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Saudi-led air raids have razed to the ground 23 archaeological landmarks including six ancient cities, six castles, three museums, two mosques, four palaces and several other archaeological sites in the Arab country.
Director of Yemen's General Organisation of Antiquities and Museums Mohannad al-Sayani said that nearly two dozen landmarks and monuments had been severely damaged since the beginning of Riyadh government's airstrikes on Yemen.
Yemen, thought by many to be the historic home of the Queen of Sheba, is an important site in the evolution of man and archaeologists have found traces of prehistoric cultures that abounded in the Red and Arabian Seas 8,000 years ago. These early traders have left behind impressive stone monuments.
There are prehistoric walled hilltop towns and large cities ruled by South Arabia's kingdoms of the first millennium BC. Yemen also has a rich Islamic heritage that includes some of the most ancient mosques in the world, according to Fars News Agency.
The sites were located in the central Yemeni city of Ma'rib, the southern port city of Aden, the southwestern city of Dhale, Sa'adah in northwestern Yemen and the western port city of Hudaydah, as well as the cities of Ta'izz, Shabwa and Hajjah in the south of the country, according to Yemen's official Saba news agency.
Anthropologist and historian Francesco G. Fedele who was a member of the Italian Archaeological Mission to Yemen for ten years said in an interview with The Intercept: "We are dealing here with unnecessary and possibly wanton destruction… by the Saudi Arabian army.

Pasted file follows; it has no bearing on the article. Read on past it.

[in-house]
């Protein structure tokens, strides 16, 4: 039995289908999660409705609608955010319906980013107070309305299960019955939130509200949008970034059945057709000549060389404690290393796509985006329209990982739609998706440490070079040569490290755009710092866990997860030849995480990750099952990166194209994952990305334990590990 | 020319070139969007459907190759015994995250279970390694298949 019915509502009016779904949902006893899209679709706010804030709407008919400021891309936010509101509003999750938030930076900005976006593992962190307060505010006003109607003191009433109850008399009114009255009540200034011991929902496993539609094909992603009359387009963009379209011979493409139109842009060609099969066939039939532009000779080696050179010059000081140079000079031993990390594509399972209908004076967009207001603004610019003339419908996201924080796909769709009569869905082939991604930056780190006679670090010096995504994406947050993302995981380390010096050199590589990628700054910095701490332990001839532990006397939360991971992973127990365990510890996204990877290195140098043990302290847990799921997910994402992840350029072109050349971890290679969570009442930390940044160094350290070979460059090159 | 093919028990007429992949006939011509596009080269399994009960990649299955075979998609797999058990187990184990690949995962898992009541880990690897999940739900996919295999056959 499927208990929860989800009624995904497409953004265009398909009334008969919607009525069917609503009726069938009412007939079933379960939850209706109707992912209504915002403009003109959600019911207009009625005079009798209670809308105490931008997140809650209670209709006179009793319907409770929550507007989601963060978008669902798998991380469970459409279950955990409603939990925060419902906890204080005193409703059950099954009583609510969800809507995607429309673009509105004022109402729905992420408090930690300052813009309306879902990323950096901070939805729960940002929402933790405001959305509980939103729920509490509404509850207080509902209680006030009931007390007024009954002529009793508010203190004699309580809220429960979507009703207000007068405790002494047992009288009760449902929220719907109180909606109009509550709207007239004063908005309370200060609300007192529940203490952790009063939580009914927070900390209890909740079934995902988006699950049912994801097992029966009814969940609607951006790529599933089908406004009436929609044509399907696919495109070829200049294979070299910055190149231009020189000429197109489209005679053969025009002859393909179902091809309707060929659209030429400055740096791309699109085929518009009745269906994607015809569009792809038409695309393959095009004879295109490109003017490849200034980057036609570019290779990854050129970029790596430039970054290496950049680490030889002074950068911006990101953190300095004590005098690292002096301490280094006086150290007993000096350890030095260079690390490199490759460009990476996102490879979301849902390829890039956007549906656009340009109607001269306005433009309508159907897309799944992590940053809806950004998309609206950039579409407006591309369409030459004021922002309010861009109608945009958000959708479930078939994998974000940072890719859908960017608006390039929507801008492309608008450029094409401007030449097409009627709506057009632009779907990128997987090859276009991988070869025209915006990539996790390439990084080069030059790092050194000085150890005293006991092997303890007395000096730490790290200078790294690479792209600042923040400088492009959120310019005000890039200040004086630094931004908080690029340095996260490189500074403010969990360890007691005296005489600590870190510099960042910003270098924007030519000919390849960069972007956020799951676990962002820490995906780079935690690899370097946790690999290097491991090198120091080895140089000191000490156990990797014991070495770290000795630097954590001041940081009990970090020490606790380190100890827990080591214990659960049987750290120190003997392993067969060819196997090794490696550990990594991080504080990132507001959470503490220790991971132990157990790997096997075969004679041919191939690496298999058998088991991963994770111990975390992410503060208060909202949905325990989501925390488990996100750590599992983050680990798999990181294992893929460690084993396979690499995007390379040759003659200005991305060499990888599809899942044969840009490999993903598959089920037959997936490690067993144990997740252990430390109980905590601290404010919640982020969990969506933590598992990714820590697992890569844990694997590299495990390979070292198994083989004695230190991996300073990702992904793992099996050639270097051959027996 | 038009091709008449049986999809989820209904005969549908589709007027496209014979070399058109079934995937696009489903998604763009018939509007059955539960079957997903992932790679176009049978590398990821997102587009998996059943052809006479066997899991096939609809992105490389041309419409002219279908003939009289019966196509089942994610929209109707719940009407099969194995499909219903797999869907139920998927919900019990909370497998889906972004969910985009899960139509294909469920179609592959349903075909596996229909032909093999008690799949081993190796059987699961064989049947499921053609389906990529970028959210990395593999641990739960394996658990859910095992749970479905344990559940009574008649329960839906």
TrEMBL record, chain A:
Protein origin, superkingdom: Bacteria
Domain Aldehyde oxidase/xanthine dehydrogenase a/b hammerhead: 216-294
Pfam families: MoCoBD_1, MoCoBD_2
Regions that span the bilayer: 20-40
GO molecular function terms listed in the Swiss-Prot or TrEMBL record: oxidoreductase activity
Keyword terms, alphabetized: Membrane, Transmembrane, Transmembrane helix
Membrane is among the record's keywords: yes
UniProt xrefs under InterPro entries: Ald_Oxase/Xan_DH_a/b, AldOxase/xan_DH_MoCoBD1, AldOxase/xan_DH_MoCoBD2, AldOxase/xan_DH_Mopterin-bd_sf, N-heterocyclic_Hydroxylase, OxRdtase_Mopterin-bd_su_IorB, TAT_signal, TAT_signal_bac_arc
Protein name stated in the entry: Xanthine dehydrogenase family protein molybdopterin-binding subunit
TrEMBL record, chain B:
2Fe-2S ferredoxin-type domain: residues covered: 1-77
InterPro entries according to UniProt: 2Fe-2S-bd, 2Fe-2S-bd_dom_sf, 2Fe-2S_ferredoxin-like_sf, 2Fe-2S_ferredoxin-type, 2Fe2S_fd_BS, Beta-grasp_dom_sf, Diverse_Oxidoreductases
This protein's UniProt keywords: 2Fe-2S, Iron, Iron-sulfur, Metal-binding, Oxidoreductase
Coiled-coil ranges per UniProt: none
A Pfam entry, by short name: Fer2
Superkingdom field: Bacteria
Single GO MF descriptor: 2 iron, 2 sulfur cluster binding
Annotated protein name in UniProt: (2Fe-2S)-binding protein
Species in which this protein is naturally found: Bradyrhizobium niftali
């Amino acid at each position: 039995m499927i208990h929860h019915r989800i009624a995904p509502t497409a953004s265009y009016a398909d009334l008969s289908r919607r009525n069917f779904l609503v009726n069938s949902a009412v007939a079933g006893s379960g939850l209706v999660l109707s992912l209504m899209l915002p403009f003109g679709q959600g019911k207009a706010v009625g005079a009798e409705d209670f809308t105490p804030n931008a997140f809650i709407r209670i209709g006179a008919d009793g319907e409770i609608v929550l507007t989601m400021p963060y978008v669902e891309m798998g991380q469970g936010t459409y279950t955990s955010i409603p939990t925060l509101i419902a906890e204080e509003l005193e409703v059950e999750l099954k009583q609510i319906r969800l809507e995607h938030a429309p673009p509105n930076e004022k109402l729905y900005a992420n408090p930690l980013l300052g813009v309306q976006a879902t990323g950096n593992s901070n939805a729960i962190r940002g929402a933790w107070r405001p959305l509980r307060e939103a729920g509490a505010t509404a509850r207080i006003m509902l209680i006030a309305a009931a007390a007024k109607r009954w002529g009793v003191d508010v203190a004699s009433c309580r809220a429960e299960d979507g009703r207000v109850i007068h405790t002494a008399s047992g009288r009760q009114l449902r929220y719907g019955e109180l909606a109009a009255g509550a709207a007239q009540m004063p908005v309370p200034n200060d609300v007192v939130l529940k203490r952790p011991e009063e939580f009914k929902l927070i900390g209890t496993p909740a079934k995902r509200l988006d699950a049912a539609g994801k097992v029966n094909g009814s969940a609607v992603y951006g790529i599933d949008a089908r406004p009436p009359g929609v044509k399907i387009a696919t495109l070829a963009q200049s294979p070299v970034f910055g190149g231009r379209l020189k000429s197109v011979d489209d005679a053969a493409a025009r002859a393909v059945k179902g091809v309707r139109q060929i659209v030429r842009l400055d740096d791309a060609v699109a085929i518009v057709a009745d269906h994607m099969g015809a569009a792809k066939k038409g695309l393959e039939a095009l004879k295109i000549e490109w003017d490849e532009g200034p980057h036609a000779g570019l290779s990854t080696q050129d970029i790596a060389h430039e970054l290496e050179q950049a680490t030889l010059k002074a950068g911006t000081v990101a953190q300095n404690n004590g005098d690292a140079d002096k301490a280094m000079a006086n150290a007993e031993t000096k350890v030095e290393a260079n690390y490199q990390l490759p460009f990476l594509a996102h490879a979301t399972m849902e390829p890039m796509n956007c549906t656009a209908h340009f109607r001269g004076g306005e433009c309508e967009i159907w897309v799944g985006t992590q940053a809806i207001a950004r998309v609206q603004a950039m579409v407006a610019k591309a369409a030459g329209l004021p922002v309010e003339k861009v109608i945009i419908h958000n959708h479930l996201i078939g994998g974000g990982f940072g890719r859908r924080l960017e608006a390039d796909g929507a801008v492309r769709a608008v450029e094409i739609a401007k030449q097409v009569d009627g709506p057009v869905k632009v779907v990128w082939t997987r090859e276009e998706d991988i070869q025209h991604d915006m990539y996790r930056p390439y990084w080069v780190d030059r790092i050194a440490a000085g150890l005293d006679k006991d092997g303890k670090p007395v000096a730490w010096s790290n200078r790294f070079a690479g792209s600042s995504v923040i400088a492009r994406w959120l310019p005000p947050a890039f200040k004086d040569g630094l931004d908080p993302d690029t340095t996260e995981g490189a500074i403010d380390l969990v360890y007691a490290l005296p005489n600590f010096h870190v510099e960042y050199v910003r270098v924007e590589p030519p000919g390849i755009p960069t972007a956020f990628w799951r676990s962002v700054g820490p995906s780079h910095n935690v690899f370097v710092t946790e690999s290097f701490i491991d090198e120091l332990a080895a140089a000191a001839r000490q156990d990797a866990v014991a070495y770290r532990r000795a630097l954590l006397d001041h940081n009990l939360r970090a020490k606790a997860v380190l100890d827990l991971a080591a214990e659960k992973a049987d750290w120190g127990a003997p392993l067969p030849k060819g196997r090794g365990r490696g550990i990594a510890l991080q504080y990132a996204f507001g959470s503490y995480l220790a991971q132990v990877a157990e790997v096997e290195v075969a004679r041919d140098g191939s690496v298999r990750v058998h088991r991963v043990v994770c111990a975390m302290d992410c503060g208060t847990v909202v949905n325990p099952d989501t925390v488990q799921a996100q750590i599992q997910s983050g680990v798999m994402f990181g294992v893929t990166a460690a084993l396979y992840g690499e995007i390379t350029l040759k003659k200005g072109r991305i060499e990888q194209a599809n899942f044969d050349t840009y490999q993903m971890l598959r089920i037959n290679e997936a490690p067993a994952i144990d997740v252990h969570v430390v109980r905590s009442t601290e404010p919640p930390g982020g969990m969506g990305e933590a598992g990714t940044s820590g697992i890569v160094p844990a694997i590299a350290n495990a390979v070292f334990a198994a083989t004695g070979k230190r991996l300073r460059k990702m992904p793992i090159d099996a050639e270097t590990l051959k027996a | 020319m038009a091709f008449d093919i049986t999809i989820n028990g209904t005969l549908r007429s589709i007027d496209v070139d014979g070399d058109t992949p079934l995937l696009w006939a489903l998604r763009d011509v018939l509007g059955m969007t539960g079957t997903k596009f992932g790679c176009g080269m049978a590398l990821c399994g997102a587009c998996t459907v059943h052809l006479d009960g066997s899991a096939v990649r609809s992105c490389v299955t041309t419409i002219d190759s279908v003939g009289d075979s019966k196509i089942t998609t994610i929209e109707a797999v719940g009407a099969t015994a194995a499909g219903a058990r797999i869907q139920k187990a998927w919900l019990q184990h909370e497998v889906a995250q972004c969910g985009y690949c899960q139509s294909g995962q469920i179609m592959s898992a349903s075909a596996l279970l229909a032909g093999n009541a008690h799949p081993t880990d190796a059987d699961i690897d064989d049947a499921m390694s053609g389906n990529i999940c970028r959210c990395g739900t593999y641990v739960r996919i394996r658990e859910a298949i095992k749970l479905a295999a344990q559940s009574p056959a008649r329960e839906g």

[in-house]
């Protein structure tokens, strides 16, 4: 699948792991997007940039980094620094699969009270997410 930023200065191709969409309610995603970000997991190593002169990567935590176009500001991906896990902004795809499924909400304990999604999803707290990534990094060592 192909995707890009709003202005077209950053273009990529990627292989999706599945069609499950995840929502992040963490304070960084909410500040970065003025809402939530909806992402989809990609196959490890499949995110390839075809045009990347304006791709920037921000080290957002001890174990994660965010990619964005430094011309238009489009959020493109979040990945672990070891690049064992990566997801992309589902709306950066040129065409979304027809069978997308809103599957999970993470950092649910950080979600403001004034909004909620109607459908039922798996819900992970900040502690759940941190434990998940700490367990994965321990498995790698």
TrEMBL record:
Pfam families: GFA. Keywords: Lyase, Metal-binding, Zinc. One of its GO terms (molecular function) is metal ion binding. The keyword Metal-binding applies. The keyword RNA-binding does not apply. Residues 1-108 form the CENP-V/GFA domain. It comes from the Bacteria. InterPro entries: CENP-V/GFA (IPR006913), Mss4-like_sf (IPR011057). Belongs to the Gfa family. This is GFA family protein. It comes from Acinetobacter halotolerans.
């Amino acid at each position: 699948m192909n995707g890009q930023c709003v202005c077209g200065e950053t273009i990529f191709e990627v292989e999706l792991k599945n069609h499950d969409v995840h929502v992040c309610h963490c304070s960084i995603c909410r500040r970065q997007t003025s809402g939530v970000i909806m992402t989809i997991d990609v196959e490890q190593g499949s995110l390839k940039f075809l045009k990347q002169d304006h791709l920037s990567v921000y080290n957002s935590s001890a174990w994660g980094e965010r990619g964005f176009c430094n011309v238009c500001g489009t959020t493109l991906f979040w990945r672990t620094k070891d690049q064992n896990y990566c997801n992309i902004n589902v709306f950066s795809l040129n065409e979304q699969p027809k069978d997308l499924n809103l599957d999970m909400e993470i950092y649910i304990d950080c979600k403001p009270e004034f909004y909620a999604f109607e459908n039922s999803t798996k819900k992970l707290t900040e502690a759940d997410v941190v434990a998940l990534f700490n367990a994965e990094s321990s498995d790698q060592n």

"It is sad that such a conduct by the Saudis is not being condemned and, worse still, is kept under silence by conniving governments particularly in North America," he added.
The historical sites have sustained between 30%-100% of damage as a result of Saudi Arabia's aerial bombardment of its southern neighbour. On 12 June, the historic city of Sana'a, a UNESCO World Heritage site, was bombarded by the Saudis. This city, continuously inhabited for over 2,500 years, contains some of the most beautiful traditional architecture in the world. Folklore has it that the walled city, on a highland plateau more than 7,200 feet above sea level, was founded by Shem, the son of Noah.
The military aggression started on 26 March is allegedly meant to undermine the Houthi Ansarullah movement and reinstate former President Abd Rabbuh Mansour Hadi.
The Yemeni Civil Coalition, which is monitoring the Saudi strikes against Yemen, says nearly 7,500 people have lost their lives and over 16,000 others have been wounded in the raids since late March. However, the UN has put the death toll at 5,700, including 830 women and children.